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Scene of Tuesday's terror attack in Har Adar
Photo: Ohad Zwigenberg
Ben-Dror Yemini
A modest hope for sanity instead of repeated clichés
Op-ed: There is no magic solution to terrorism or the Israeli-Palestinian conflict, but there is a way that will save us from one binational state and put us back on the path toward a Jewish state—separation with continued control.
There’s something frustrating in the predictable reactions to Tuesday morning’s terror attack in Har Adar. Once again, we heard clichés—the same clichés—repeated both by the Left and by the Right. The two camps' representatives, almost all of them, are fixated on an out-of-date division. Both the Left and the Right have failed, and this serious attack is only making them sink deeper into their own quagmire.

 

 

The Left wants a “renewal of the peace process.” Has the peace process ever prevented terror attacks? Are the people who carry out terror attacks pacifists who are trying to advance peace in somewhat violent ways? After all, there were deadly terror attacks in the years and days in which the peace process prospered and blossomed. After all, the major wave of terrorism, the second intifada, arrived after Israel crossed the Rubicon and accepted, for the first time, both a Palestinian state and a division of Jerusalem. It was a wasted effort.

 

Security forces in Har Adar. Between ‘a renewal of the peace process’ and ‘a proper Zionist response,’ both the Left and the Right are sinking deeper into their own mud (Photo: AP)
Security forces in Har Adar. Between ‘a renewal of the peace process’ and ‘a proper Zionist response,’ both the Left and the Right are sinking deeper into their own mud (Photo: AP)

 

The Right wants “a proper Zionist response.” In other words, more outposts called “new neighborhoods.” Since when does mixing populations solve problems? Where exactly has it worked? And when did the PLO’s old dream, to create one big binational state, become a Zionist vision? That’s exactly what the "Palestinian Rejectionist Front" wants. It’s what BDS activists want. So it’s now the Right’s job to fulfill it? Does the response to terrorism have to be a fulfillment of the terror perpetrators’ vision?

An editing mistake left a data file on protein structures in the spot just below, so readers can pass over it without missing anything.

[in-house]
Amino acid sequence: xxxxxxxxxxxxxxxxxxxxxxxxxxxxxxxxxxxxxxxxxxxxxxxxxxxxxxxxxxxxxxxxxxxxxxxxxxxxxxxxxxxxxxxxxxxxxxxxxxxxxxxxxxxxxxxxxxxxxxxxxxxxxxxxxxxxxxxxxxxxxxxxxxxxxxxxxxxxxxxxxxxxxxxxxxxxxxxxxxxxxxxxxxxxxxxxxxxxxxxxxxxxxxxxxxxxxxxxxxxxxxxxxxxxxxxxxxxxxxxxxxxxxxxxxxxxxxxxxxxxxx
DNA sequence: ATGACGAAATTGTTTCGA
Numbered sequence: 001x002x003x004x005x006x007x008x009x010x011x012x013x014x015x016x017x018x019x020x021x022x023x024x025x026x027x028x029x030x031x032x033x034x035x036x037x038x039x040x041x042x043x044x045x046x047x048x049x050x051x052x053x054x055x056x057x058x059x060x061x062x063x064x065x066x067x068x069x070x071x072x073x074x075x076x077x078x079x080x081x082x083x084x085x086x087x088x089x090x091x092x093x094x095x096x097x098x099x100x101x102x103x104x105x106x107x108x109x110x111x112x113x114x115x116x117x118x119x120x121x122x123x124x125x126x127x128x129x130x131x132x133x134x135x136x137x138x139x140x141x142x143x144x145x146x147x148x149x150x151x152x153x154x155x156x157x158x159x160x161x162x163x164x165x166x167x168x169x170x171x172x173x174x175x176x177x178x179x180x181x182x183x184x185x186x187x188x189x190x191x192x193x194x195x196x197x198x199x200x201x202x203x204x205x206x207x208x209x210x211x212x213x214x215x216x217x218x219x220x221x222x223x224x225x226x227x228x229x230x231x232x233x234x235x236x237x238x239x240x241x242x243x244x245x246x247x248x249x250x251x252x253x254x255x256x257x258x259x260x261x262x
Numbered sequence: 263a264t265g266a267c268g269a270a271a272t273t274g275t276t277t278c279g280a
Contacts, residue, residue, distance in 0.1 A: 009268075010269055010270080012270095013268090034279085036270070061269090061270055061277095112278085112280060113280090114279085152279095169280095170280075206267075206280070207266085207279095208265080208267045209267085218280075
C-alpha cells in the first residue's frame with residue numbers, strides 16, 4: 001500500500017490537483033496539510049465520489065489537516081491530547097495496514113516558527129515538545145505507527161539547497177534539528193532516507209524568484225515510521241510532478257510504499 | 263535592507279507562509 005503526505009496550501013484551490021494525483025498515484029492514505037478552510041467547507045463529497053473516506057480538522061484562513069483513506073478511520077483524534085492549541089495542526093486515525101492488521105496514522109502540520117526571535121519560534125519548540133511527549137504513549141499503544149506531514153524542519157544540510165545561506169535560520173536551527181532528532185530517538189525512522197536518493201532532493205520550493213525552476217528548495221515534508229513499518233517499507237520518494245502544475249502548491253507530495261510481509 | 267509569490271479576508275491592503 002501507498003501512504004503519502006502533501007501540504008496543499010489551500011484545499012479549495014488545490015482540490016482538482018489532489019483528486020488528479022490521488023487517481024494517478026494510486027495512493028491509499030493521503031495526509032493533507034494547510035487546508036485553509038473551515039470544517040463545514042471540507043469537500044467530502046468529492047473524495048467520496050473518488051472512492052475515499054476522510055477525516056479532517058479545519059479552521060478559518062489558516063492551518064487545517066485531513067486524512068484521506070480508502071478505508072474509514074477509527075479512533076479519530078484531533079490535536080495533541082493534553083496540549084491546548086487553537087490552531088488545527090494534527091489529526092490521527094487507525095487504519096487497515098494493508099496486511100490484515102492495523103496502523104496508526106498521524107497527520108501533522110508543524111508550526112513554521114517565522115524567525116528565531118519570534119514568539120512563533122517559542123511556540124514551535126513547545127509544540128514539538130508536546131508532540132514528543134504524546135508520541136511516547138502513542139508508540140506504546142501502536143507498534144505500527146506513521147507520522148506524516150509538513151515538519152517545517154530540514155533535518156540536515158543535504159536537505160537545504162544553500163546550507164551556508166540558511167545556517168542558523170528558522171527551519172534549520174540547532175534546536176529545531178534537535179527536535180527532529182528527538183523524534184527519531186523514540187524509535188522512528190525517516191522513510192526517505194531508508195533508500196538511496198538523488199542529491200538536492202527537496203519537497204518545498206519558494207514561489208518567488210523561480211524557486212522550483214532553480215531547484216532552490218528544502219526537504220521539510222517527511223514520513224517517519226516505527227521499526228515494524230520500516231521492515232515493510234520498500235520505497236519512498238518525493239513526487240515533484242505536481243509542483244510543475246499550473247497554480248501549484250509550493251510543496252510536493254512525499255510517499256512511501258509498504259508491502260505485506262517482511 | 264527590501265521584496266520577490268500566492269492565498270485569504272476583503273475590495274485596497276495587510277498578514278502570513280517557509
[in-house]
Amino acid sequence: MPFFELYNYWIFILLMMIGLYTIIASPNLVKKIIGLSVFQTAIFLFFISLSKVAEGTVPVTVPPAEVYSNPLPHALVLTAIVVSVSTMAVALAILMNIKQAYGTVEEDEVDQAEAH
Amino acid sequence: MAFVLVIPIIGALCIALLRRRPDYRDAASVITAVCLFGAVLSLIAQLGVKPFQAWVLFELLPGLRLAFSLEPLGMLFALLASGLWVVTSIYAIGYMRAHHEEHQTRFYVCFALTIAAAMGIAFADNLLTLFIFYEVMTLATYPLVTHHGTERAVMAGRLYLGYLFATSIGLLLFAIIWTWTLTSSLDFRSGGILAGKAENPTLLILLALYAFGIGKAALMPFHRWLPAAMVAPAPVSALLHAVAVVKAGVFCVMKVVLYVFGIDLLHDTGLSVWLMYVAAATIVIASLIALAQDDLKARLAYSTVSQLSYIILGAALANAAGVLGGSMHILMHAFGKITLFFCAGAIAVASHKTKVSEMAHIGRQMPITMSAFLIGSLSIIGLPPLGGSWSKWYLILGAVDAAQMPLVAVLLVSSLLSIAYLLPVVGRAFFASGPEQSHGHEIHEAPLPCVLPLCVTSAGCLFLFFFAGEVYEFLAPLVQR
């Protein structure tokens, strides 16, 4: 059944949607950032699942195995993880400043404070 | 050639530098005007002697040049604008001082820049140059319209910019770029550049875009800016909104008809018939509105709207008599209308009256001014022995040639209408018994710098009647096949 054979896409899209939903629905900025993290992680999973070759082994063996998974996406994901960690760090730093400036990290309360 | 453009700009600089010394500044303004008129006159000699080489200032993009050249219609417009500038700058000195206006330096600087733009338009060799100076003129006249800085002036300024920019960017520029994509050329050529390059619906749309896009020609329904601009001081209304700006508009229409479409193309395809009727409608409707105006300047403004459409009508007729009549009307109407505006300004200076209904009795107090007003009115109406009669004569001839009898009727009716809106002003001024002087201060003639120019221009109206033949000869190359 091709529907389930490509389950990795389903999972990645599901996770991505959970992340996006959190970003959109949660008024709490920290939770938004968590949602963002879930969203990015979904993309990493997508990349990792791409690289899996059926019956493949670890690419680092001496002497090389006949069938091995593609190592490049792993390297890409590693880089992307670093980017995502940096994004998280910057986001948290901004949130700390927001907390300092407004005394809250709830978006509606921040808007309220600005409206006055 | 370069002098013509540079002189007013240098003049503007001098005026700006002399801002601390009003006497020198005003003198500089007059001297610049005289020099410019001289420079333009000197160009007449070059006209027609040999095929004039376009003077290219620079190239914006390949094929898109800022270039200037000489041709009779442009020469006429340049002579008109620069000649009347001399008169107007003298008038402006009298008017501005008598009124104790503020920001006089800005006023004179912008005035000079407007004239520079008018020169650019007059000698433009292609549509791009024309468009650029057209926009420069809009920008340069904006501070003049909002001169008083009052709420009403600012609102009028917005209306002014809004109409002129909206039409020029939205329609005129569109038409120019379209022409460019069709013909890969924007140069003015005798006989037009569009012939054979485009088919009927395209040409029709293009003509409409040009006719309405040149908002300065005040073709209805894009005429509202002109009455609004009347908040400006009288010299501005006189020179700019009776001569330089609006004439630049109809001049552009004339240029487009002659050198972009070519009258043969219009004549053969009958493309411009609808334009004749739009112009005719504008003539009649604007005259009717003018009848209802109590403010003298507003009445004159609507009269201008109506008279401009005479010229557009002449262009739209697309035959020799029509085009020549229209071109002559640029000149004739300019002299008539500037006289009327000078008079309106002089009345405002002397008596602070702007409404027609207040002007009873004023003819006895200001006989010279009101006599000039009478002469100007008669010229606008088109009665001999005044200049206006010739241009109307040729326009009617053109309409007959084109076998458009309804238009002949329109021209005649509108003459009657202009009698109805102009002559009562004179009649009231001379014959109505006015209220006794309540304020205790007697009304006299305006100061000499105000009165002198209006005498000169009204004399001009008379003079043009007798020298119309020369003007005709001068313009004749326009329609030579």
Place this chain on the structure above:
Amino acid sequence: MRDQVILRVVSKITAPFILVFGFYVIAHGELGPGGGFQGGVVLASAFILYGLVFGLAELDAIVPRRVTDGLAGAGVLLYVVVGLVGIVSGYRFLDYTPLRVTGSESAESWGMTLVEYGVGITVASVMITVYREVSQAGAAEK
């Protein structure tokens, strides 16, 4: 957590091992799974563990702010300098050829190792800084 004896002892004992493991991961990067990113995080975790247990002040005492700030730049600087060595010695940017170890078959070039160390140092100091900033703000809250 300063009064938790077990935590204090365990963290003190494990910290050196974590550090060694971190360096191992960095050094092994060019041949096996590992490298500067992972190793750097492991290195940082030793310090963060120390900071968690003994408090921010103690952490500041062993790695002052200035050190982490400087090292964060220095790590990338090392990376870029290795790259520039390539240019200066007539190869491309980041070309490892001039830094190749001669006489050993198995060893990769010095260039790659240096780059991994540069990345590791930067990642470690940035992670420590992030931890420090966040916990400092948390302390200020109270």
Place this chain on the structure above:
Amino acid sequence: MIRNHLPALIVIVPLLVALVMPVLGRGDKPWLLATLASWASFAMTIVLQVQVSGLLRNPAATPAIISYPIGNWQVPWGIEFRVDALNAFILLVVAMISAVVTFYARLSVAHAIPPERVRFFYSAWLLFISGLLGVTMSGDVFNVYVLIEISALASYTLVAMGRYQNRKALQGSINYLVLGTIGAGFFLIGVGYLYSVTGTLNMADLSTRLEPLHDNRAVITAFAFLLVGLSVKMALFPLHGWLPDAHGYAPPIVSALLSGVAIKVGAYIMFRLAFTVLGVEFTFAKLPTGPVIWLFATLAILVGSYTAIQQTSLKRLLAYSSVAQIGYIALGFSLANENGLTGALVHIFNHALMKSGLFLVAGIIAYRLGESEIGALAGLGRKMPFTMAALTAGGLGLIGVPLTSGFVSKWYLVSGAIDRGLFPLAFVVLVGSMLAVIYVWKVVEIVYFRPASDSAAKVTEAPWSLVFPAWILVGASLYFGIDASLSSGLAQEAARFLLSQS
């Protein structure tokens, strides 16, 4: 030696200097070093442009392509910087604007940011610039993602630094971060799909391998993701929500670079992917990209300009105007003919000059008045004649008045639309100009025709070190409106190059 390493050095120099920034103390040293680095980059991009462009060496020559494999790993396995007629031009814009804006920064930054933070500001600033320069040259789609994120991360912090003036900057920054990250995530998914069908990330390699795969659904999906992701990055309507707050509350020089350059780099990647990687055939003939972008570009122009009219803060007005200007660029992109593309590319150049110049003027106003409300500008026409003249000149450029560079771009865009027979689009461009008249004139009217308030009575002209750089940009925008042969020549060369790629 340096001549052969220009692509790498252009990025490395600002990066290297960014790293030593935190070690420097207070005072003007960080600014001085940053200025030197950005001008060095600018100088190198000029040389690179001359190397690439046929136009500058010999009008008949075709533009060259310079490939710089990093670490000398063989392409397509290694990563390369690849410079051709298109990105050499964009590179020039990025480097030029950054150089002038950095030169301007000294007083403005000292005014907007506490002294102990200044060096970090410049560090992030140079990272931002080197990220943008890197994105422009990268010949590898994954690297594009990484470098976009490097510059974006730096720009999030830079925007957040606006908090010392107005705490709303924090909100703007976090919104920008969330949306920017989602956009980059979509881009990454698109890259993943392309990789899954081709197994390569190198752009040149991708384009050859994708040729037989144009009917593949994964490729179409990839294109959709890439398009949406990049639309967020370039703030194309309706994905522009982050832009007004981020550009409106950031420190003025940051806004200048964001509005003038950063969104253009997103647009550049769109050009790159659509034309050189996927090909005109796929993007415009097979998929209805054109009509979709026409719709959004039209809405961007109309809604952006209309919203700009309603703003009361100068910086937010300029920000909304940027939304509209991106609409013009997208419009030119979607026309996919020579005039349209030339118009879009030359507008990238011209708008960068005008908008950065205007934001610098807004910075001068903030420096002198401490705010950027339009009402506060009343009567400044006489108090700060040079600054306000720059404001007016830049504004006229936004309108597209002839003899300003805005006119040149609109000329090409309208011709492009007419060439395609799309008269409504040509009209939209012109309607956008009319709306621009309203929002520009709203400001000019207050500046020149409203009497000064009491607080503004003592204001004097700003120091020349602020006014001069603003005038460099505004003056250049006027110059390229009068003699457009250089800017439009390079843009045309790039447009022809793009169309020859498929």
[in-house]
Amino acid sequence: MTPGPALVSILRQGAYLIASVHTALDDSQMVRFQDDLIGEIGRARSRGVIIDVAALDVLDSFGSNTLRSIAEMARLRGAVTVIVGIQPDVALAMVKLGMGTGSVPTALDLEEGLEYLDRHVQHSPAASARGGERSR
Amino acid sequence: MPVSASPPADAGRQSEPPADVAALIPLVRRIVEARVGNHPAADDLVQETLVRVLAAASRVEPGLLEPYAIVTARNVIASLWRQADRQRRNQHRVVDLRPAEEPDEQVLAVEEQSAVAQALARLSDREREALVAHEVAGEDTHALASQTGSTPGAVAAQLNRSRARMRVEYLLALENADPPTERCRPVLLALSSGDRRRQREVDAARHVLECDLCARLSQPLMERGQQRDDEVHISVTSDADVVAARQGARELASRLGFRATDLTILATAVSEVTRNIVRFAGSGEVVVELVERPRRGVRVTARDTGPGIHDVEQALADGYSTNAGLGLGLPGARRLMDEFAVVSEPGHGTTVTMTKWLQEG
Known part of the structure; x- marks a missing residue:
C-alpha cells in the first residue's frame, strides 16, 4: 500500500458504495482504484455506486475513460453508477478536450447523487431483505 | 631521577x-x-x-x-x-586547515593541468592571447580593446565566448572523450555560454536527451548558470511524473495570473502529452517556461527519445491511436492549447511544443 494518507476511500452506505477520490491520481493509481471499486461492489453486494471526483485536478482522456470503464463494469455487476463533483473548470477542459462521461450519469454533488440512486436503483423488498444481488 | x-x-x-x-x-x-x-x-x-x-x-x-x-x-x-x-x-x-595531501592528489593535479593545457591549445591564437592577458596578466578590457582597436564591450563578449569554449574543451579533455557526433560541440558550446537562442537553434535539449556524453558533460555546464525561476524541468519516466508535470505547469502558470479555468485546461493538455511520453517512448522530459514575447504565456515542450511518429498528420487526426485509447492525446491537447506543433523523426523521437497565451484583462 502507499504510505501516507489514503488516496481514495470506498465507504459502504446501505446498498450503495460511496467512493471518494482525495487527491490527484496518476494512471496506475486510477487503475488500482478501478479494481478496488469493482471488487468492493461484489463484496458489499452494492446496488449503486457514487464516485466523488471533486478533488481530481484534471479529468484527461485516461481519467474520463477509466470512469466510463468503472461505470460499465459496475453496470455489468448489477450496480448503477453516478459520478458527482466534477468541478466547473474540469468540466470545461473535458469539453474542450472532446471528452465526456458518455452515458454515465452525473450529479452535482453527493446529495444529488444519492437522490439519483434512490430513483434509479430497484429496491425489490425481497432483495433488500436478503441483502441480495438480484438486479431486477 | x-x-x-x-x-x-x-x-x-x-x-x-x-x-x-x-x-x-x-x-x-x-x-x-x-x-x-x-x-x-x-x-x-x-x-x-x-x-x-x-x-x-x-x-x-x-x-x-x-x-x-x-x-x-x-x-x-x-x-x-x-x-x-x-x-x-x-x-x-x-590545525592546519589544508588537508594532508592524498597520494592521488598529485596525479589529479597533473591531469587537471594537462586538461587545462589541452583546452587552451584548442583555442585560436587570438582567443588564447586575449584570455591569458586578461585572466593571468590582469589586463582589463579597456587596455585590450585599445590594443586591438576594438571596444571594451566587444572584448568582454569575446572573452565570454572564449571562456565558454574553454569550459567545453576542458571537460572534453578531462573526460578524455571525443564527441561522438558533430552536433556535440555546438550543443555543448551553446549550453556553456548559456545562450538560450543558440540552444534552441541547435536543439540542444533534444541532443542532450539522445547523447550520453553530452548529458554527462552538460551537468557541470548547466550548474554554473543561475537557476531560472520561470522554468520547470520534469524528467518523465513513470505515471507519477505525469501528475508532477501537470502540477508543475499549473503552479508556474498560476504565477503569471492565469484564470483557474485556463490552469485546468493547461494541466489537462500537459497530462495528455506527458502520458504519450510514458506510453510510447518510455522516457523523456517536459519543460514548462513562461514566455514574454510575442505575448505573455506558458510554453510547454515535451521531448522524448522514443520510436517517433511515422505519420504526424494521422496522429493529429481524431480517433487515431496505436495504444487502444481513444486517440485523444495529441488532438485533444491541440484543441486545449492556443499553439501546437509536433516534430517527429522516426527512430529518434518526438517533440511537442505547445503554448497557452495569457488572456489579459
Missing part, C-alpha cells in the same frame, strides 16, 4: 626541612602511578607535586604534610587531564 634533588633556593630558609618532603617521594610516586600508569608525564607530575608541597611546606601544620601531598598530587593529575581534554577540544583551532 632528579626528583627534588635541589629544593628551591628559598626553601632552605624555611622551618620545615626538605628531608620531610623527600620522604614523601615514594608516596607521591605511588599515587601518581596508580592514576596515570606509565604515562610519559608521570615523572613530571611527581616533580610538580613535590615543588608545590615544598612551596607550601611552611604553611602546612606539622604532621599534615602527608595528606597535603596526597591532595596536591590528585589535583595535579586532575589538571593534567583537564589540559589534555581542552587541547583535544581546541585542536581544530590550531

Admittedly, there has been terrorism and there will be terrorism—with or without peace. Because terrorism exists both in places ruled by Sharia laws and in Germany, England and France, which do not maintain roadblocks or an occupation. And terrorism has its own logic, which isn’t directly connected to what Israel does or doesn’t do.

 

We must also remember and remind people that Israel actually accomplished the task of minimizing terrorism. The second intifada terrorism was defeated. And while it isn’t over yet, the wave of knifing attacks has calmed down. And there have been and will be, on both sides of the Green Line, individual attacks that are not affiliated with any organization.

 

But one thing is clear: The more we mix hostile populations, like outpost residents and Hamas supporters, the higher the level of violence is going to be. Whoever wants more terrorism should approve more outposts next to more and more villages. Separation doesn’t eliminate terrorism, it only reduces its level. But there is no partner today for separating through an agreement. And even if Prime Minister Benjamin Netanyahu offers the Clinton Parameters to Palestinian President Mahmoud Abbas tomorrow morning—and it’s a shame he isn’t doing so—we already know Abbas will say no.

 

So only one plan remains, a plan that many good people from the undogmatic Right and the undogmatic Left have been focusing on in recent years: Separation with continued control. This plan has been initiated and suggested by many former defense officials. It’s known as “the commanders’ plan.” On the one hand, the Palestinians would receive much more autonomy, much more self-government, while on the other hand, Israel would continue its control both on the Jordanian line and in every crucial security point.

 

There is no magic solution to the problem of terrorism and to the Israeli-Palestinian conflict. But there is a way that will save us from one binational state and put us back on the path to a Jewish state. This path doesn’t have the utopian glitter cliché lovers are trying to sell us. But it does offer a modest hope for a bit more sanity and normalcy.

 

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